Wednesday, May 22, 2024

5 Ways Brands Can Better Use Data Analytics

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Data analysis is prevalent in every industry, but data is often used for backward-looking analysis to measure performance rather than building analytics dashboards that drive future initiatives. This means that the majority of organizations aren’t making use of data they’ve already gathered. There’s untapped value in re-engineering data points to help your organization better understand its target audience, which can make marketing programs more effective at converting new customers and lead to customers with higher brand engagement and higher lifetime value.

This article explores five ways enterprise brands underutilize existing data and looks at how they can make better use of data analytics.

5 Ways Brands Can Better Use Data Analytics

While organizations generally recognize the value of data, in many ways they’re missing out on opportunities to use it to learn more about customers and their behavior, predict their long-term relationships with the brand, and personalize messaging and promotions to them. Here are five ways brands can better use data analytics to tap into those insights.

1. To Get to Know Their Target Audience

Organizations with broad audiences can find it difficult to deliver campaigns relevant to everyone. Identifying target customers and segmenting them into small audience clusters makes it easier to meet their direct needs with more specific campaigns.

Design thinking methods and data science are effective ways to perform audience segmentation and targeting. Design thinking processes help analyze consumers in depth and identify the most relevant factors to segment them by need, while data science enables the analysis of large volumes of data, with the use of sophisticated statistical techniques that find patterns among consumers. For example, demographic characteristics, geographic information, product use, and behavioral characteristics can be used to analyze and segment consumers to better target messaging.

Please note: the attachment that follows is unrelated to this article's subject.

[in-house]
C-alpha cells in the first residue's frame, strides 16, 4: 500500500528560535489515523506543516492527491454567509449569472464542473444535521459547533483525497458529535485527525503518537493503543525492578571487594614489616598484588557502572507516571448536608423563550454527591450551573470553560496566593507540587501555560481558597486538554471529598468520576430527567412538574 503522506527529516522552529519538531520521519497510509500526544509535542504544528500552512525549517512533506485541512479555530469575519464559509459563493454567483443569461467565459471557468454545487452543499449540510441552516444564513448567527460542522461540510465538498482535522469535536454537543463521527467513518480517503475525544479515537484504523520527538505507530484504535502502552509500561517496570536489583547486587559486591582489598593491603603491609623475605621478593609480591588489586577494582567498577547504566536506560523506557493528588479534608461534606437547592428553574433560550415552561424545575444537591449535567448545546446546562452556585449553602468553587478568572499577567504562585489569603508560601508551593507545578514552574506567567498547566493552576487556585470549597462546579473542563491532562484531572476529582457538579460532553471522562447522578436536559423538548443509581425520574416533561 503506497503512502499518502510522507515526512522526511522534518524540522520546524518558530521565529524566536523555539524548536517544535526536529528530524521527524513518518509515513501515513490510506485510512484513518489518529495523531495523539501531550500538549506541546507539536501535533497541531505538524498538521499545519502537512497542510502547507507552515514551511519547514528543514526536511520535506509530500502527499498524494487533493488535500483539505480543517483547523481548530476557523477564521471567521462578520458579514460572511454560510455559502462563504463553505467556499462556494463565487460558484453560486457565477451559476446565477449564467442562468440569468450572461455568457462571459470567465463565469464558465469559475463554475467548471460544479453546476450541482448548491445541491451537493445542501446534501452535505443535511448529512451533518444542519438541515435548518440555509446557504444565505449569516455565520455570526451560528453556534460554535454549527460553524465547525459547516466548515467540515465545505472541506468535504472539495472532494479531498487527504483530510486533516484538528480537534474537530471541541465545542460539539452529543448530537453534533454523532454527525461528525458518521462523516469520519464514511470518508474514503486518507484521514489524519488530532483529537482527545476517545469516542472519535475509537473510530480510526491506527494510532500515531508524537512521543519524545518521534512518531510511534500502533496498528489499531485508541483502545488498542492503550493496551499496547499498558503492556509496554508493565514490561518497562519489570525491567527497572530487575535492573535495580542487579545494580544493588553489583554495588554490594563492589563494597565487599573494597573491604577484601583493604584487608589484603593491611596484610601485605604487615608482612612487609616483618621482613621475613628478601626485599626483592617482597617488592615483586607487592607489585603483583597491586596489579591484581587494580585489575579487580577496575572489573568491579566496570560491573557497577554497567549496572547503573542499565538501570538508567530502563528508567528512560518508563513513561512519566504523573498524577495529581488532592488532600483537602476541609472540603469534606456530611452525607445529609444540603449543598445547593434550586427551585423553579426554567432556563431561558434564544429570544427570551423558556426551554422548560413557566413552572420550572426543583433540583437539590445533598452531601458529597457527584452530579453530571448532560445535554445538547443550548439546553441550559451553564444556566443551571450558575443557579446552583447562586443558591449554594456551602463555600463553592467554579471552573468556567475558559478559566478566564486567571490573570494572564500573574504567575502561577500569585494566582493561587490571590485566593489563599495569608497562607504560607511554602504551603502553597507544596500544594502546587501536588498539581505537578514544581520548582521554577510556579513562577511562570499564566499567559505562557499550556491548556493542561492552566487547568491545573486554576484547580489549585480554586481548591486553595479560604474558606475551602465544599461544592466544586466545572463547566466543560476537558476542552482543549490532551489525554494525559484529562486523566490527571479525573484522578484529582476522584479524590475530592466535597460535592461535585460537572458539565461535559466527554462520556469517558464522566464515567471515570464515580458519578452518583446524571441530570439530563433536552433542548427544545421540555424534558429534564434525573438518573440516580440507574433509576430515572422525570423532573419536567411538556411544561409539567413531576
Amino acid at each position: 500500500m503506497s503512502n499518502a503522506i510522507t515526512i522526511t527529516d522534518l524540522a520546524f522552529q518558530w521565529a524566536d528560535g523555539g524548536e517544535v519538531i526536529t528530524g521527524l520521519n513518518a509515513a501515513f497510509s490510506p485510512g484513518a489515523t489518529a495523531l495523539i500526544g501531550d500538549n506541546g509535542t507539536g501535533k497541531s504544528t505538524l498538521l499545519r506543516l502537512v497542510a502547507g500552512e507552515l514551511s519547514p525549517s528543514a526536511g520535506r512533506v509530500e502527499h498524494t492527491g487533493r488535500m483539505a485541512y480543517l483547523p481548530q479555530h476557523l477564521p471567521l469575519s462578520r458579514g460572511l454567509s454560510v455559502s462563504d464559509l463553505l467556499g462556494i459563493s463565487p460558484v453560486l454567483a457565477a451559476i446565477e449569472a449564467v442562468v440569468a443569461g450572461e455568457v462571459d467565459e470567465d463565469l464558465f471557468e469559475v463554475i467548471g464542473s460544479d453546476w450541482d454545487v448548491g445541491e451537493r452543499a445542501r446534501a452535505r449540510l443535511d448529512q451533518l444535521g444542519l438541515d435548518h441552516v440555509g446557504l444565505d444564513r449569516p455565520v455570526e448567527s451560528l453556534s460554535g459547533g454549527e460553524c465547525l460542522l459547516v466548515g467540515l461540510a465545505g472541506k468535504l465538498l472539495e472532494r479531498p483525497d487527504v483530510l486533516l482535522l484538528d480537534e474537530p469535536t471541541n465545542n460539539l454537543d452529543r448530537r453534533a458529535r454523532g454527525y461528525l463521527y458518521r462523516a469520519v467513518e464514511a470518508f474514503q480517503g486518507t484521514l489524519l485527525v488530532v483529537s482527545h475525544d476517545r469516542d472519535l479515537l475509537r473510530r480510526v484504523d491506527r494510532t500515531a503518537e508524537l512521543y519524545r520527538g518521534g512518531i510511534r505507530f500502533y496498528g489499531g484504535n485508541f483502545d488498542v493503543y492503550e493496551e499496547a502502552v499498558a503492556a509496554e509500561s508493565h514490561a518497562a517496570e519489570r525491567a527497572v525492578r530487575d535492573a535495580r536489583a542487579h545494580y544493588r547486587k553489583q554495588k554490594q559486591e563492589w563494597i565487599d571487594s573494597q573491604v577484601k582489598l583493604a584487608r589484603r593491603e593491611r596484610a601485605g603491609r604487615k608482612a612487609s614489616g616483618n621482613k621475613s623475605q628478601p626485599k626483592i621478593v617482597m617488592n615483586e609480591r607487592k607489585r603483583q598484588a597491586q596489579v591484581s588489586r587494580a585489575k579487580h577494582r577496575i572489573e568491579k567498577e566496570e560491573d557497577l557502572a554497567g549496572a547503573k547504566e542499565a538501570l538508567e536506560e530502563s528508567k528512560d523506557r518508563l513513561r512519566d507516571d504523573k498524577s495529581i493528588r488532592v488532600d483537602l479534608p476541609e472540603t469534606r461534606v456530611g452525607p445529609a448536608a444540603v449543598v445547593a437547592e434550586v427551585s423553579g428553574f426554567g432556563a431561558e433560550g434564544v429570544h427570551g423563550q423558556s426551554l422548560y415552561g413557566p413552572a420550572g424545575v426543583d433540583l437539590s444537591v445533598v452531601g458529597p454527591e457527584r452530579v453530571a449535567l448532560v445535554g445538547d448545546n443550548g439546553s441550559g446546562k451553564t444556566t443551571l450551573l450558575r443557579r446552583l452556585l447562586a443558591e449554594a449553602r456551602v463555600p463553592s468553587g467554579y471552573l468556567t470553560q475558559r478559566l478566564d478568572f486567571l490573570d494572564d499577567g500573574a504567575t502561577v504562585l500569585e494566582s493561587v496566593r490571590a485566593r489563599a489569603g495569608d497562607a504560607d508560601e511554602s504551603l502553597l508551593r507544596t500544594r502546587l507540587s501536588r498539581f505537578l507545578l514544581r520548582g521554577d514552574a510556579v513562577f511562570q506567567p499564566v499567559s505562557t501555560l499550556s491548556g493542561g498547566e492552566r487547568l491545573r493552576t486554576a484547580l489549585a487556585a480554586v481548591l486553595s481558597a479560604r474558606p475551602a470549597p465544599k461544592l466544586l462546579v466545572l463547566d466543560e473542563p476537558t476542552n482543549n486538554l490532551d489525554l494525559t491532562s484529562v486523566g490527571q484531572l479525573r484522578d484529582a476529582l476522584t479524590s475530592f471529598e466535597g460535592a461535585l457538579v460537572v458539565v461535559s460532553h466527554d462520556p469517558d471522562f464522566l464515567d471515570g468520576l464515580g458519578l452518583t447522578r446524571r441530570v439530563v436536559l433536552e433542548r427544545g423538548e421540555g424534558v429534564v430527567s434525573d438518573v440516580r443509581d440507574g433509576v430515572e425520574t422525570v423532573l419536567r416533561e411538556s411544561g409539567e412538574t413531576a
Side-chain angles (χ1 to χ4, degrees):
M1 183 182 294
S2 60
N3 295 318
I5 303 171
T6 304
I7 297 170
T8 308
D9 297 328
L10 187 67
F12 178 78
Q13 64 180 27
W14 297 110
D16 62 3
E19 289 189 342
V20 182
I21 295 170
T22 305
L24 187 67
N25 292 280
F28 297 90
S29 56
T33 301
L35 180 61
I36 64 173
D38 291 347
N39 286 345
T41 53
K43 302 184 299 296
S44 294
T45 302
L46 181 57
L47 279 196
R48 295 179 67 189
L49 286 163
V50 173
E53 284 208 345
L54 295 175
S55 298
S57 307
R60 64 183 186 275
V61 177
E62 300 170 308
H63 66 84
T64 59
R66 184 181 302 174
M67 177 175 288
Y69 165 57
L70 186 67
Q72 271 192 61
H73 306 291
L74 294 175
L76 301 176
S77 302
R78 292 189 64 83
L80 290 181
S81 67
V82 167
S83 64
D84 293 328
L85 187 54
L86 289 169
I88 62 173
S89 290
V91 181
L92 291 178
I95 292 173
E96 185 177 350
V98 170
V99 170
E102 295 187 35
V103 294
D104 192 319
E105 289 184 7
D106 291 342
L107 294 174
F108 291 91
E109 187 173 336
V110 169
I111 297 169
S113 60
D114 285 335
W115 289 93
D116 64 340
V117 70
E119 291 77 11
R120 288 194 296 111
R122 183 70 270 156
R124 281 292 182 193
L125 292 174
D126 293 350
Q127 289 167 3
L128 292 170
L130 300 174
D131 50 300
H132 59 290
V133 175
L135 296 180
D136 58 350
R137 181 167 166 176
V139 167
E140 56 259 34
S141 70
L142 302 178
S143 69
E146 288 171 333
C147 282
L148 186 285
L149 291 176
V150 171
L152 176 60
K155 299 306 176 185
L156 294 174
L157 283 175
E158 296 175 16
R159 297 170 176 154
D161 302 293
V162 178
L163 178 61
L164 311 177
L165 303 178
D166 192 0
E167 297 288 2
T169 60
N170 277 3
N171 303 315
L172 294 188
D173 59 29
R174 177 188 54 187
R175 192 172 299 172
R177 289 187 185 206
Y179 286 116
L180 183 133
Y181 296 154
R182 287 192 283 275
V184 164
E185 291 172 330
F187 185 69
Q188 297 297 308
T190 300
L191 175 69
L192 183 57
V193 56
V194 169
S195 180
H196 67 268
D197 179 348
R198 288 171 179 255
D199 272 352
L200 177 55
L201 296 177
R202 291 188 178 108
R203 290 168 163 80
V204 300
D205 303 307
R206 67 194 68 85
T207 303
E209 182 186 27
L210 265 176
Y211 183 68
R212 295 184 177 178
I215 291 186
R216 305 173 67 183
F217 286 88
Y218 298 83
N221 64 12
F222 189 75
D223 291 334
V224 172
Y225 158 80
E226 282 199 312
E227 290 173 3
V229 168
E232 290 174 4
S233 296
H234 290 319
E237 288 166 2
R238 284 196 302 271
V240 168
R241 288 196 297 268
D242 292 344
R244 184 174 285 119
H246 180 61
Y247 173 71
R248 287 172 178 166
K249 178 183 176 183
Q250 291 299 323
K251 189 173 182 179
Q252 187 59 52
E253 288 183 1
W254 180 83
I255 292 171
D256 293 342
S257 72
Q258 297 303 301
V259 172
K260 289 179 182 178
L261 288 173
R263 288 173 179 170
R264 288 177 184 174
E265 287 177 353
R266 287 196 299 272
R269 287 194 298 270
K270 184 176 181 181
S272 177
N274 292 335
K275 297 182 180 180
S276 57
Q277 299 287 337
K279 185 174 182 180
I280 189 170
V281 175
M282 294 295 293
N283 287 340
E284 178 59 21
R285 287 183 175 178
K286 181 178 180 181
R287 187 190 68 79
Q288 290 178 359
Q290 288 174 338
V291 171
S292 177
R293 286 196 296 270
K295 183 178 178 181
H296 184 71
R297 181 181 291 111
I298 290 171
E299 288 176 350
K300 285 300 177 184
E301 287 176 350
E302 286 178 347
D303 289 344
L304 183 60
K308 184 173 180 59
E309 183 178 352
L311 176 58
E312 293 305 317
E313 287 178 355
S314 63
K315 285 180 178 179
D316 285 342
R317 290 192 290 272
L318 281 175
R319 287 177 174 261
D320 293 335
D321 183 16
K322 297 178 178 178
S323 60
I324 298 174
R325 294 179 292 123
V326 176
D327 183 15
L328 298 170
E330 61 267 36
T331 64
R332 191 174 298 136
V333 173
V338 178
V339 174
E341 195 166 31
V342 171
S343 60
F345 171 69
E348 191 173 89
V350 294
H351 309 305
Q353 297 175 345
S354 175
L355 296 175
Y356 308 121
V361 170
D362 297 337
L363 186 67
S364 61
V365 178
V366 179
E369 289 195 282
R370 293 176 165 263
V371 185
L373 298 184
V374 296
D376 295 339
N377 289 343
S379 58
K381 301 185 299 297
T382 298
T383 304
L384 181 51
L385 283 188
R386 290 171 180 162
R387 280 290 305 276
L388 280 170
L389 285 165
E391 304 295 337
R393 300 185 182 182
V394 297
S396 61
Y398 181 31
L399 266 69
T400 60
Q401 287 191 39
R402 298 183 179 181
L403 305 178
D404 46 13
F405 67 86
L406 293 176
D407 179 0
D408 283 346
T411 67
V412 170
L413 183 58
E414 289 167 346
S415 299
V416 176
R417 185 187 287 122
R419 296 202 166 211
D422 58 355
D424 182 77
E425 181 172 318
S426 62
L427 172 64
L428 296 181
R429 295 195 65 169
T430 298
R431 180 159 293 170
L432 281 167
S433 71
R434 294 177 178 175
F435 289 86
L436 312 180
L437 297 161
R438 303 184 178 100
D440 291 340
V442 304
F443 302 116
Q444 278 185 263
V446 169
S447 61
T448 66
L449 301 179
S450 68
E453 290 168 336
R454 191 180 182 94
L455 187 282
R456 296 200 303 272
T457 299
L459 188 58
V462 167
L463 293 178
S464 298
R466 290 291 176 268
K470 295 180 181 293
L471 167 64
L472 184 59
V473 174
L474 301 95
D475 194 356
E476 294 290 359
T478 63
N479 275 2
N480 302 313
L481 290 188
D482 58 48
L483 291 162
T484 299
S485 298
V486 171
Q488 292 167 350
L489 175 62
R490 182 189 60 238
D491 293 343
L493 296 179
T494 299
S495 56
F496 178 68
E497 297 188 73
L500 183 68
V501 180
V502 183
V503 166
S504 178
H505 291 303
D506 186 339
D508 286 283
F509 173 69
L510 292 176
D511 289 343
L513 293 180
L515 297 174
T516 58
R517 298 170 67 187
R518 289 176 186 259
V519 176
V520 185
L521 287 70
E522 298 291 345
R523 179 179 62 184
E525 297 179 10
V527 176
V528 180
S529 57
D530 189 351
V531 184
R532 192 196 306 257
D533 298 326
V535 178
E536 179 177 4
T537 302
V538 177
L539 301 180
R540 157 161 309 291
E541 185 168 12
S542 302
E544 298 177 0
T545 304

There are three components to a design-driven data science framework:

  • Qualitative consumer interviews to understand customer profiles and needs
  • Customer data analysis to generating insights about behaviors, preferences, and profiles
  • Advanced analytics and machine learning (ML) to perform statistical analysis and cluster customers

This iterative process provides a means for testing hypotheses generated from the qualitative interviews. Because some insights generated from data analysis are based on correlations, which does not imply causation, for example, data insights can also suggest some points to be explored more deeply on the qualitative interviews.

2. To Predict Lifetime Customer Value and Optimize Acquisition Cost

Data analysis and machine learning can be great tools to reduce the cost of customer acquisition. Data can support the estimation of the customer acquisition cost (CAC) as well as the customer lifetime value (CLV), which predicts estimated profits over each customer lifetime.

By calculating the CLV, companies can evaluate how much to invest in a customer based on the potential return. Segmenting customers according to lifetime values lets you optimize acquisition costs by investing more in campaigns targeting leads that will likely generate more revenue throughout the whole lifecycle. The desired result is an inverse relationship between CAC and CLV, with a higher CLV.

There are several different ways to calculate CLV depending on the type of business. A complete CLV methodology uses probability models and requires advanced statistical knowledge in order to perform a more accurate estimation of the CLV of each customer, providing a more thorough, more dynamic metric. But even a simple approach to segmenting customers with this metric lets you understand demographic and behavioral traits of your valuable customers.

This could be used to train a machine learning model to predict the CLV segment of new leads, facilitating an optimal customer acquisition budget, for example. It could also be used to perform customer look-alike targeting to find similar new leads.

Learn more about data modeling.

3. To Forecast Behavior Using Propensity Models